Elevation Lookup Added to Zmanim Calendar Generator

Sunrise CalendarA lookup tool for elevation lookup was added to the Zmanim Calendar Generator page. This service is courtesy of Jonathan Stott’s earthtools.org elevation webservice. This Elevation data currently only covers all of mainland Europe (between latitudes 35°N and 60°N and longitudes 35°E and 15°W) and all of the contiguous states of the United States of America (between latitudes 20°N and 50°N and longitudes 65°W and 125°W). The source of the data is:

The terrain model used to find heights above sealevel is from the Shuttle Radar Topography Mission (SRTM) which was a joint project between the US National Geospatial-Intelligence Agency (NGA) and the National Aeronautics and Space Administration (NASA). Data was recorded for 11 days from the Space Shuttle Endevour from 11th February 2000. The data used here is at a resolution of 3 arc seconds (approximately 90m).

The lookup is done via an AJAX call.

Java Zmanim API Update

The first phase of change to allow easier porting to other languages took place with the change in the API from using inheritance of the Java Calendar classes, to one that uses composition. This will make porting it to other languages easier. Included in the update are a number of new zmanim, mostly the addition of a number of new calculations for plag hamincha that are useful when trying to avoid a tartai desasri with early erev shabbos minyanim.

Site Upgrade

I just upgraded the site to WordPress 2.0.2, upgraded a few plugins and upgraded the Zmanim Calendar Generator to use v2 of the Google Maps API. I hope to have an update available for the Zmanim API that will allow easier porting to different languages. This will necessitate changing the API from using inheritance of the Java Calendar classes, to one that uses composition. I will try to keep you posted on this progress.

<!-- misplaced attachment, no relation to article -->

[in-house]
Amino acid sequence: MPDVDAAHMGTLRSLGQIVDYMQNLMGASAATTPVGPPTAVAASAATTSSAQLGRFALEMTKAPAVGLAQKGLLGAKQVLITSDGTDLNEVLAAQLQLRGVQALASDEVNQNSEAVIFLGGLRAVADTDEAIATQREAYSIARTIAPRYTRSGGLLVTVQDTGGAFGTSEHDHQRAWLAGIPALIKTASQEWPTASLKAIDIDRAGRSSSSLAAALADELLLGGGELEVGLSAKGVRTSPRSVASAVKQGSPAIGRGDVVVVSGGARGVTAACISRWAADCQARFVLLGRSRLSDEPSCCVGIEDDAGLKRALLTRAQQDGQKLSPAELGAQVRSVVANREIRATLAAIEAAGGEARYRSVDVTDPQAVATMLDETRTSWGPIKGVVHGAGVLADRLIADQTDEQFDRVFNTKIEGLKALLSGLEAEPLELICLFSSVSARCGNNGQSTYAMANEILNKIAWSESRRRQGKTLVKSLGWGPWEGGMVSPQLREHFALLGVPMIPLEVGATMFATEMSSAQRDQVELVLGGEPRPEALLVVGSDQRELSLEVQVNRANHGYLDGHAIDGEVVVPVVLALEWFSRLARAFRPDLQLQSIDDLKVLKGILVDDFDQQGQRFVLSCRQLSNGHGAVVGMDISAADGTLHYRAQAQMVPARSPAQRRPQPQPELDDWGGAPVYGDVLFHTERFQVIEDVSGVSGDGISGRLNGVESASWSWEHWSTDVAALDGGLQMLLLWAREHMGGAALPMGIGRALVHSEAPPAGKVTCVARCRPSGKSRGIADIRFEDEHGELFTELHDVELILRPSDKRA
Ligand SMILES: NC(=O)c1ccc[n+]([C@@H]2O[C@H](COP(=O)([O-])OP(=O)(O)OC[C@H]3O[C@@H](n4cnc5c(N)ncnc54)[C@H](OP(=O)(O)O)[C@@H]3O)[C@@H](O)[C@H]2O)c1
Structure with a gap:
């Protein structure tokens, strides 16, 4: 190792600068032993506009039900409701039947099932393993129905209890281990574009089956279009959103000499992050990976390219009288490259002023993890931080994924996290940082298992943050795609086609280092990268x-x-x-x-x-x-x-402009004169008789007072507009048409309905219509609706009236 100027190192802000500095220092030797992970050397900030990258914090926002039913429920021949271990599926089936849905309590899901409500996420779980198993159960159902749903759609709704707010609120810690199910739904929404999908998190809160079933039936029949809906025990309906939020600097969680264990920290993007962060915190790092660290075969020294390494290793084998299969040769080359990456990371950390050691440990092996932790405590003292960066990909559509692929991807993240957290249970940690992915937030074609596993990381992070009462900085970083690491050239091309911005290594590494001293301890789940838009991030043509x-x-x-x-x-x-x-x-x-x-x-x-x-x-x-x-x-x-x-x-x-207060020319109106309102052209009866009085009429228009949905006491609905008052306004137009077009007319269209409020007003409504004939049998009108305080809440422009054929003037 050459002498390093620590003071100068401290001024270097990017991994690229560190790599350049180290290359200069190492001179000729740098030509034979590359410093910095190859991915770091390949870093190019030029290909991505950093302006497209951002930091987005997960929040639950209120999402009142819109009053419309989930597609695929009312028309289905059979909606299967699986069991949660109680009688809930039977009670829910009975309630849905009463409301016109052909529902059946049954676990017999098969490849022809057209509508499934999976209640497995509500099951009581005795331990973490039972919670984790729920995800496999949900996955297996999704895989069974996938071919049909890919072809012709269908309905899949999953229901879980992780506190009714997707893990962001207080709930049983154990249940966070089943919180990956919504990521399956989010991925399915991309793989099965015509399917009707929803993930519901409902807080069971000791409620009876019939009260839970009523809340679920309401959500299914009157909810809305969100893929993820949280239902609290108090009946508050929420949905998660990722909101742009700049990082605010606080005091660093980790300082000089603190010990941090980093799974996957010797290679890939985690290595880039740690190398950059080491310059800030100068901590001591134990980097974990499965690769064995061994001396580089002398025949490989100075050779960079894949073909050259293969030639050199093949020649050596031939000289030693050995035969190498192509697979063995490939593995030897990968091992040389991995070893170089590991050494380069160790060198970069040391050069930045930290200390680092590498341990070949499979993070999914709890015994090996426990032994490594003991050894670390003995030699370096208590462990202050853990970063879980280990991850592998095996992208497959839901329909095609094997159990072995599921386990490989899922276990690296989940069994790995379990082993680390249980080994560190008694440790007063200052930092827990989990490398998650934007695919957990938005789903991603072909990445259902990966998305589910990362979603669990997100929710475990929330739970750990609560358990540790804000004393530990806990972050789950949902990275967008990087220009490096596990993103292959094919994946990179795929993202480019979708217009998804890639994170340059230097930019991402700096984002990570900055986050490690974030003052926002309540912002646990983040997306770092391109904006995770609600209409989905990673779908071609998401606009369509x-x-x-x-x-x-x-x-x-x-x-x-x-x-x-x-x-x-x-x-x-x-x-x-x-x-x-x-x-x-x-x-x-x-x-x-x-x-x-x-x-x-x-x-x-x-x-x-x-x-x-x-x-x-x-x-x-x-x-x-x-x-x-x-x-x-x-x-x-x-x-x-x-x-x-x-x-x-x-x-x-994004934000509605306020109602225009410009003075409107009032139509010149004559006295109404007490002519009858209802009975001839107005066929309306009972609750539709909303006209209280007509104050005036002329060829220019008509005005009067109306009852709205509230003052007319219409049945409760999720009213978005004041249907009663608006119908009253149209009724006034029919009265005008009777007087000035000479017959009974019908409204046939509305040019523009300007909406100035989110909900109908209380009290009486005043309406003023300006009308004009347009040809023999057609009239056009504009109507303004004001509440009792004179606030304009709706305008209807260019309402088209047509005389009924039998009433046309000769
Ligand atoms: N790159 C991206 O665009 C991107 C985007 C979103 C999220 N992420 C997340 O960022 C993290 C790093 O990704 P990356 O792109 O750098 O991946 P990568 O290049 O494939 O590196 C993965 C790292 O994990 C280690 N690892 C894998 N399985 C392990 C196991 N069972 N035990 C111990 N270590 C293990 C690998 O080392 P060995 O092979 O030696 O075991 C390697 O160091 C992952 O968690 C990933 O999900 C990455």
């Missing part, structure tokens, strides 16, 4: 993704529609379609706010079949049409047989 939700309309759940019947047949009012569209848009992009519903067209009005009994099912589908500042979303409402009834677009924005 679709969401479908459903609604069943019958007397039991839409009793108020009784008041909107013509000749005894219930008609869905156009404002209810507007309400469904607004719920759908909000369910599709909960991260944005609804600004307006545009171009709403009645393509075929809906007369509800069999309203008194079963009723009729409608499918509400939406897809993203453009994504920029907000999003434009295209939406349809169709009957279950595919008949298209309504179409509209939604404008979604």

Zmanim Calendar Generator Now using Google Maps

Vintage Map with CompassThe Zmanim Calendar Generator now has a simple way to look up longitude and latitude information using the Google Maps API. To use this feature, click on the Google Maps icon to display the map (location centered on Bais Medrash Gevoha in Lakewood), find the location that you want to generate zmanim for, and click that point in the map. This will update the longitude and latitude fields in the form. The Google API was pretty straight forward and simple. At the same time, I tried to integrate an elevation lookup. Google does not provide elevation information, but I attempted to look it up using a webservice. This seemingly simple task was not very straight forward. The approach was to grab the SOAP response from the REST style elevation webservice made available by Jonathan Stott. My plan was to do this all via the client sided XML parsing. The first issue encountered was browser security that does not allow cross-domain loading of XML documents (By the way this was not using XMLHttpRequest, but the same security restrictions apply). This was solved by a simple PHP page that was just a proxy for the call. That done, I managed to get it to work in IE, but it crashed the browser every second call or so. The crashing was solved by adding a small delay. I never managed to get it working in Mozilla. I later tried to use the existing Google Maps API to load it, but never got it working. I commented out all elevation code and will get to that part at some future date. I also removed the non-decimal longitude and latitude option. I hope this will be useful.

Zmanim RSS Feed in the Works

The Zmanim API currently has 2 sample classes in the output package (no longer available). One the ZmanimXLSGenerator outputs zmanim as an Excel spreadsheet and is currently used in the Zmanim Calendar Generator, the other that is not fully maintained outputs zmanim in a PDF format (no longer available). I just started work on the third output class. This will generate an RSS feed of zmanim for a given location. I plan on outputting zmanim for the current day and the following week. The API that will be used is ROME. It seems pretty stable and relatively easy to use.